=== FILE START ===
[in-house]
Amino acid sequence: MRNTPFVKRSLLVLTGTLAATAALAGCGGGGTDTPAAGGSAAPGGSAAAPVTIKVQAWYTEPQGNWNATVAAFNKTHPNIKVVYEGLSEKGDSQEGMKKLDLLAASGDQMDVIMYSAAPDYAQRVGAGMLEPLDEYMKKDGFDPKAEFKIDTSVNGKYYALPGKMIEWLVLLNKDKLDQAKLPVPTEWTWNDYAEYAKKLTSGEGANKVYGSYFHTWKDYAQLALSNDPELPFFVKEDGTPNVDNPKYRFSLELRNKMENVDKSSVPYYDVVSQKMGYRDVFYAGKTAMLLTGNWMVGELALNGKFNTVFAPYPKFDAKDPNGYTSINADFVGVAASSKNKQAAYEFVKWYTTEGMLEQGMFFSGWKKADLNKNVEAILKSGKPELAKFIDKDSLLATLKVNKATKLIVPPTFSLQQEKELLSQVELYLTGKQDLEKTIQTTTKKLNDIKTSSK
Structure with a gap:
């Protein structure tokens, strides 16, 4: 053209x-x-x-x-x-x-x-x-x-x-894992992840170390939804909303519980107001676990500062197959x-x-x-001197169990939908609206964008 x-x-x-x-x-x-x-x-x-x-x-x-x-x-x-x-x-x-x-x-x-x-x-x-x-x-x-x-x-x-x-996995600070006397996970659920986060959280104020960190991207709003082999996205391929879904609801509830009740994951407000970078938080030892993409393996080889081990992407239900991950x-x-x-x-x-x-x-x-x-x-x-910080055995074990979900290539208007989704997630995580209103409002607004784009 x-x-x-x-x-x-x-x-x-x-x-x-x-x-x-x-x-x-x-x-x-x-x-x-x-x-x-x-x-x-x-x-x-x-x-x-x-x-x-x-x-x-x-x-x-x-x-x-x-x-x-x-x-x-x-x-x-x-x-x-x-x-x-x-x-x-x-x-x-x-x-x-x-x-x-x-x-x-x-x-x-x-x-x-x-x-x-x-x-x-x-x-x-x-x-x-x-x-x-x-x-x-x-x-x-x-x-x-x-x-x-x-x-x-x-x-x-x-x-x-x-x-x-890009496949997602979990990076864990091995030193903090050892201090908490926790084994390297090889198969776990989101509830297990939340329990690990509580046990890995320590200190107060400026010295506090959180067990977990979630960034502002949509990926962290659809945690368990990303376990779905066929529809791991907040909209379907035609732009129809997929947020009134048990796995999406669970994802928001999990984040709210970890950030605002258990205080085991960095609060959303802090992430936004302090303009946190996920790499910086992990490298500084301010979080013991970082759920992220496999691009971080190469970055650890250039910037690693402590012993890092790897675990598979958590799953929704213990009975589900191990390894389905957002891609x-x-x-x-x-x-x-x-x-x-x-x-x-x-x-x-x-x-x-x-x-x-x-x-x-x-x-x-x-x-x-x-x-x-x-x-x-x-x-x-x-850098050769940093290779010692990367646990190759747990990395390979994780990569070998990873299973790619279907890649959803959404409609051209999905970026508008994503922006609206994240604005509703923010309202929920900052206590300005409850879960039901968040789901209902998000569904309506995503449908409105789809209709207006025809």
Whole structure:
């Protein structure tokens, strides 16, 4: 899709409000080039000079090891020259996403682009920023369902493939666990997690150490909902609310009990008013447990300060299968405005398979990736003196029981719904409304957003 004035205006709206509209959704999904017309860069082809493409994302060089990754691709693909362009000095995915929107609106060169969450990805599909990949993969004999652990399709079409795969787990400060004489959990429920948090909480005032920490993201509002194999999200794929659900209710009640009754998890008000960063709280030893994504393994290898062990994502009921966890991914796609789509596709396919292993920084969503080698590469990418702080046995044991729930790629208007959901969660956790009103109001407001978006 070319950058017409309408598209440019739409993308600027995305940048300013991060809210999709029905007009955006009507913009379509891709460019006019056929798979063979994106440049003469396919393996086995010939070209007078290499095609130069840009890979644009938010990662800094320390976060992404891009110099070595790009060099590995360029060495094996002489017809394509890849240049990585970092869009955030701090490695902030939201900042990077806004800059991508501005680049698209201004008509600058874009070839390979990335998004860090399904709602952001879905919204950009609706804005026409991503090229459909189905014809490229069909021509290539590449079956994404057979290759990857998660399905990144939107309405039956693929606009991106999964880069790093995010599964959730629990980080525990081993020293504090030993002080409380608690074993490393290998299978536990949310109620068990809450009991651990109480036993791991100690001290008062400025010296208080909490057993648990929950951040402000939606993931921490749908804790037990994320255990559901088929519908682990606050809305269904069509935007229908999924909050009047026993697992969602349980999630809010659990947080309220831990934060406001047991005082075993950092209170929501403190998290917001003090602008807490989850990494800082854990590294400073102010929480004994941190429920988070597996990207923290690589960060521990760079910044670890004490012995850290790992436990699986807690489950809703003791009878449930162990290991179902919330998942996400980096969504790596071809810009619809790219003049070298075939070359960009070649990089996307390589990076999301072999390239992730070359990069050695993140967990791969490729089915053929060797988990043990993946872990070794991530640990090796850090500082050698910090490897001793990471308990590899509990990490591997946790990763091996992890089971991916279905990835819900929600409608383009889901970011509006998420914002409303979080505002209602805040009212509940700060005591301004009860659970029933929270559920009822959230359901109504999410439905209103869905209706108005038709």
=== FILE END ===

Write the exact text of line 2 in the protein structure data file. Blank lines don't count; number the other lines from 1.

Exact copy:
Amino acid sequence: MRNTPFVKRSLLVLTGTLAATAALAGCGGGGTDTPAAGGSAAPGGSAAAPVTIKVQAWYTEPQGNWNATVAAFNKTHPNIKVVYEGLSEKGDSQEGMKKLDLLAASGDQMDVIMYSAAPDYAQRVGAGMLEPLDEYMKKDGFDPKAEFKIDTSVNGKYYALPGKMIEWLVLLNKDKLDQAKLPVPTEWTWNDYAEYAKKLTSGEGANKVYGSYFHTWKDYAQLALSNDPELPFFVKEDGTPNVDNPKYRFSLELRNKMENVDKSSVPYYDVVSQKMGYRDVFYAGKTAMLLTGNWMVGELALNGKFNTVFAPYPKFDAKDPNGYTSINADFVGVAASSKNKQAAYEFVKWYTTEGMLEQGMFFSGWKKADLNKNVEAILKSGKPELAKFIDKDSLLATLKVNKATKLIVPPTFSLQQEKELLSQVELYLTGKQDLEKTIQTTTKKLNDIKTSSK